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Most Solid Fluid applications support printing, with print preview. Typically printing is a three stage process starting from "page setup" working through "print preview" and concluding with "print". These three functions are available, where provided, through the menu system of an application.

Invoking the page setup dialog will present the following dialog;

The page setup dialog

This dialog offers the normal page setup page associated with printing. The only notable feature is that this dialog offers the capability to specify that the crop marks should be printed. Later we'll see that the preview capability draws crop marks into the preview pane to make page margins clear. Selecting this option with actually cause those marks to appear on the output page.

Further, most printers will have some physical margin which is mandatory, used by the printer to handle the paper. Sometimes one is attempting to exceed the capability of the printer by printing one final page across two pieces of paper. The physical margins of the printer must be removed before the final page can be glued or taped together. In these circumstances having printed crop marks is useful ans a guide for a knife or cropping machine.

Before the actual print takes place it is useful to see how the final layout will be applied to the page. Print preview offers this capability. Selecting print preview will invoke a special application mode, which appears as follows;

The print preview mode

As you can probably see from the diagram, the text for display is not particularly legible, and this is well represented by the application on a display surface. If the image is scaled in the preview mode the text can become legible, but it will be clear that it is not as good as the normal document view to look at. We can assure you that the print quality is better than the original document, and much better than the print preview pane, when on paper.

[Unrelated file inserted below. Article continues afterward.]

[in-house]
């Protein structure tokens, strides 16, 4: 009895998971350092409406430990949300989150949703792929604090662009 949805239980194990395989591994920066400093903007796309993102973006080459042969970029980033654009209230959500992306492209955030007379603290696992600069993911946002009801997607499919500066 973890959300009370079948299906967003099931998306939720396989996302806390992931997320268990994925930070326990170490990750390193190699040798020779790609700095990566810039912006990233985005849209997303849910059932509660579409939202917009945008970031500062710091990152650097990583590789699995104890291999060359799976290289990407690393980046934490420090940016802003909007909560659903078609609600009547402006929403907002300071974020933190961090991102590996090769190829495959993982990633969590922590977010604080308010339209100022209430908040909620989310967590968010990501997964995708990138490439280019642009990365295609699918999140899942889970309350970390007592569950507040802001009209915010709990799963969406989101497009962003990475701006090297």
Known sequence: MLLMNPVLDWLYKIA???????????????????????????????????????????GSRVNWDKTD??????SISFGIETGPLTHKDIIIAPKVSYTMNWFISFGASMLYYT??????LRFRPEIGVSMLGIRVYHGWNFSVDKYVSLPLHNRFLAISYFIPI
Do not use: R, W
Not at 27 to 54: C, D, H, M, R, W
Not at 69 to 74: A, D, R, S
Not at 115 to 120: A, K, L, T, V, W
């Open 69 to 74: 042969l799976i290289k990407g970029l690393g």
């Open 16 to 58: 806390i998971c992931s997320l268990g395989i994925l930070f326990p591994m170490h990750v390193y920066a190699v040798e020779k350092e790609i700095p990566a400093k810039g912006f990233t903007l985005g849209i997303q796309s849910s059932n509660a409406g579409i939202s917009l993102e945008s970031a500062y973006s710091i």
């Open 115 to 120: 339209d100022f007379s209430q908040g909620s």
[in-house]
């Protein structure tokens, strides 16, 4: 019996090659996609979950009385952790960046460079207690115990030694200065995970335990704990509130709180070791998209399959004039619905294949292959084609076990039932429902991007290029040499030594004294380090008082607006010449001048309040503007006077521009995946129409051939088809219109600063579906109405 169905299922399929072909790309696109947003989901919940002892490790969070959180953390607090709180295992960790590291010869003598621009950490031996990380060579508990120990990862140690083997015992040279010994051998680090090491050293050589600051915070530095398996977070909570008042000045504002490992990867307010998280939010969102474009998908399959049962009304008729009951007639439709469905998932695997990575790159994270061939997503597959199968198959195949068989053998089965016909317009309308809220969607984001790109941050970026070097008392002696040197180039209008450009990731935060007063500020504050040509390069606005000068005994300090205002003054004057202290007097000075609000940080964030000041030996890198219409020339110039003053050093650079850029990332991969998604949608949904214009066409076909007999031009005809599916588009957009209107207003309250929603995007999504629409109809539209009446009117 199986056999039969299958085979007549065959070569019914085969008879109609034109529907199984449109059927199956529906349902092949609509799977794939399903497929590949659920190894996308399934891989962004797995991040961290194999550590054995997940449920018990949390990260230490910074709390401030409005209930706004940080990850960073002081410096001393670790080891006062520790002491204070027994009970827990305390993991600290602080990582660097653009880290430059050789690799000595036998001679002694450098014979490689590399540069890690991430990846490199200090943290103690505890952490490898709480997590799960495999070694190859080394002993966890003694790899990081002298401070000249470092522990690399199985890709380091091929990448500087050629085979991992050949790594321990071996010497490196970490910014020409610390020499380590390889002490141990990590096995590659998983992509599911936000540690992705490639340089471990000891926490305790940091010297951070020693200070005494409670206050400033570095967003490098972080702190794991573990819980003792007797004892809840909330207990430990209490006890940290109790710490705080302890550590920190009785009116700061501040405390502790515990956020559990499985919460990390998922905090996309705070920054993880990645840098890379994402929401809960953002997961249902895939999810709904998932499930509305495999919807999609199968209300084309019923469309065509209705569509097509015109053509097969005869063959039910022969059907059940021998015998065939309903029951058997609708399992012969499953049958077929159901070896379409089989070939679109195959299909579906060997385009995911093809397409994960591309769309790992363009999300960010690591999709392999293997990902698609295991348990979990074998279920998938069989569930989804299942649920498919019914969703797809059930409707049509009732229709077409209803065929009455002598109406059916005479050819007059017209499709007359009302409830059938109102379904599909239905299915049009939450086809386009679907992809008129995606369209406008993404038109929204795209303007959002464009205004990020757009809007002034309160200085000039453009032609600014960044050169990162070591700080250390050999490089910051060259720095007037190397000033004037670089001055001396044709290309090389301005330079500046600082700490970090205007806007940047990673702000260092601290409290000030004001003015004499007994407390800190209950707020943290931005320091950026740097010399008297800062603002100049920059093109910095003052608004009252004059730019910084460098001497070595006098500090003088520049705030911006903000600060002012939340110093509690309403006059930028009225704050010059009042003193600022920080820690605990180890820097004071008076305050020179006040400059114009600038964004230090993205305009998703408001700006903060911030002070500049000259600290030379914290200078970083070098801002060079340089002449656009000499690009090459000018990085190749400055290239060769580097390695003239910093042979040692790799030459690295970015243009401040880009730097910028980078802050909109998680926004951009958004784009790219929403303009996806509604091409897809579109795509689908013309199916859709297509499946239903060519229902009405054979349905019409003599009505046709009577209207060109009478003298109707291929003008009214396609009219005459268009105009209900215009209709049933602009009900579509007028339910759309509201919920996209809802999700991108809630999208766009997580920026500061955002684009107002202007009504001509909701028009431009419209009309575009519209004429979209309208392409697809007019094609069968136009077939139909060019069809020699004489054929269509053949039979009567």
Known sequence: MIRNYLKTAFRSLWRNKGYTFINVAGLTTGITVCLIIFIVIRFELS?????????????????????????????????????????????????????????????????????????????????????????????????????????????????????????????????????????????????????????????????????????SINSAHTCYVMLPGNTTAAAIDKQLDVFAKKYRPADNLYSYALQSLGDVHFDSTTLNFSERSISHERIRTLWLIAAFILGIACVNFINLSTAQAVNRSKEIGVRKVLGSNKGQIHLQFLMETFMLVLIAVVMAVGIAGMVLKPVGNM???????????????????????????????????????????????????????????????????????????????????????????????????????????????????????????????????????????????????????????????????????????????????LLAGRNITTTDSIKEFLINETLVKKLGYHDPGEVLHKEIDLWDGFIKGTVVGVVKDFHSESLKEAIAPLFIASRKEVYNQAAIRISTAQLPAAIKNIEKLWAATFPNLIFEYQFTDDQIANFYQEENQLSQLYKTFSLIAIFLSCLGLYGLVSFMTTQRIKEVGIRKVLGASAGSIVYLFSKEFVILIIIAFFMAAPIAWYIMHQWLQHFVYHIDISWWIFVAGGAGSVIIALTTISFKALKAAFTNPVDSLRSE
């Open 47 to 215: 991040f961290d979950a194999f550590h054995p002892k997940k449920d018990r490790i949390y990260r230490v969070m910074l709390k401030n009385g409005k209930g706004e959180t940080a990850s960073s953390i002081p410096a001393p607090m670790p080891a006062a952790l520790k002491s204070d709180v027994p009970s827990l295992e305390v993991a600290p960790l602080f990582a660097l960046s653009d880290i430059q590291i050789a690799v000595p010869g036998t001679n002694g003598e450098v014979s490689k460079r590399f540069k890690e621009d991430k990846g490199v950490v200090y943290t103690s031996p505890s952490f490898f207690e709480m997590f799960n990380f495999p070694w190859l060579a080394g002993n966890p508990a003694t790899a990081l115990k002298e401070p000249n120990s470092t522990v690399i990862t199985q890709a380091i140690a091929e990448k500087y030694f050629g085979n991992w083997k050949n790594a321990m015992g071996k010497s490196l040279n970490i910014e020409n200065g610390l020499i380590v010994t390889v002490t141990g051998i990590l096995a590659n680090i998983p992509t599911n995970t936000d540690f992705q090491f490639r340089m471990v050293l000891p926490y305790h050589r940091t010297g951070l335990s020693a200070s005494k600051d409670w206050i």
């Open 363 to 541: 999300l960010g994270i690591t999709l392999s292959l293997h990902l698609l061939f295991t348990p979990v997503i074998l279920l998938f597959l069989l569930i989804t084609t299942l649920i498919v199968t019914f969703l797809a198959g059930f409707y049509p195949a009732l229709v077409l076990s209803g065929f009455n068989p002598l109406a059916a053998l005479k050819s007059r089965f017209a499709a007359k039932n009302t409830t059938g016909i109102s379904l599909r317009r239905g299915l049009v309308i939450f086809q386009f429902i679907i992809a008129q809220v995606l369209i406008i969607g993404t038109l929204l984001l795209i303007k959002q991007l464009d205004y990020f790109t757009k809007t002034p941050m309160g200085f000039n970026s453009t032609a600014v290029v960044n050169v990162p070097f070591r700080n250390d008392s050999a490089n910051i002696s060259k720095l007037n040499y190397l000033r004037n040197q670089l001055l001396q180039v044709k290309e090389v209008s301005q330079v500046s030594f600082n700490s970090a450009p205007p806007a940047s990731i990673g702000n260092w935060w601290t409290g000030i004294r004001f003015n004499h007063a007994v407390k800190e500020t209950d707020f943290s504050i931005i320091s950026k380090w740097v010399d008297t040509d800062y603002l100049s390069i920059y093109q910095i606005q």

The primary reason for this discrepancy is scaling. The preview pane offers generic methods for displaying single and multiple pages, which require us to scale the document onto the display surface. In particular we are scaling to the aspect ratio of the paper at printer resolution, but outputting to the visual display which naturally has poorer resolution. We can scale such that the images in print preview have much more realistic quality, but it necessitates very much more intensive calculation, which is sluggish.

We feel that it is enough for a user to be able to see how big the paper is in relation to the content, if it's in colour, if the correct number and arrangement of pages has been specified and so on. If the user wishes to actually read the document on screen then, they'll probably do it through the normal document interface.

In the preview pane a single fixed toolbar is used. The buttons are divided into groups;

The first group on the far left, offers printing options. First is the print button which commits the previewed page to paper, via a printer specific dialog. We don't show the dialog here, because it depends completely on the user's printer hardware. If the printer supports extended options, like colour, then it may be possible to specify those options in the dialog, and have them represented in the preview pane. Ultimately, whatever you see in the preview pane (absolute pixel quality and crop marks aside) will appear on the printed page. Adjacent to the print button are buttons to control the orientation of the paper, and then a button to launch the page setup dialog previously described.

In the next group are the preview control buttons. The droplist allows preset counts of pages to be fitted to the application window. The buttons that follow the droplist allow a single page to be fitted to the application window either by width or height. These viewing layouts do not affect printing, but do affect the scaling in preview. The following screenshot illustrates variable print prviewing, showing six colour pages at once;

The print preview mode (multipage)

The final group of buttons control which page is viewed, of however many there are. The small arrows move either one page, or as far as possible, in either direction. Start, Previous, Next and Last. The numeric indicators show the current page (i)ndex, and the total (c)ount of pages. By clicking the (i) field it is possible to type a specific page index between 0 and count-1. The current page is considered to be that which displays the red crop marks.

The red close button on the right exits preview mode.

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Last modified: SolFlu  Sun, 05 Jul 2009 17:14:48 GMT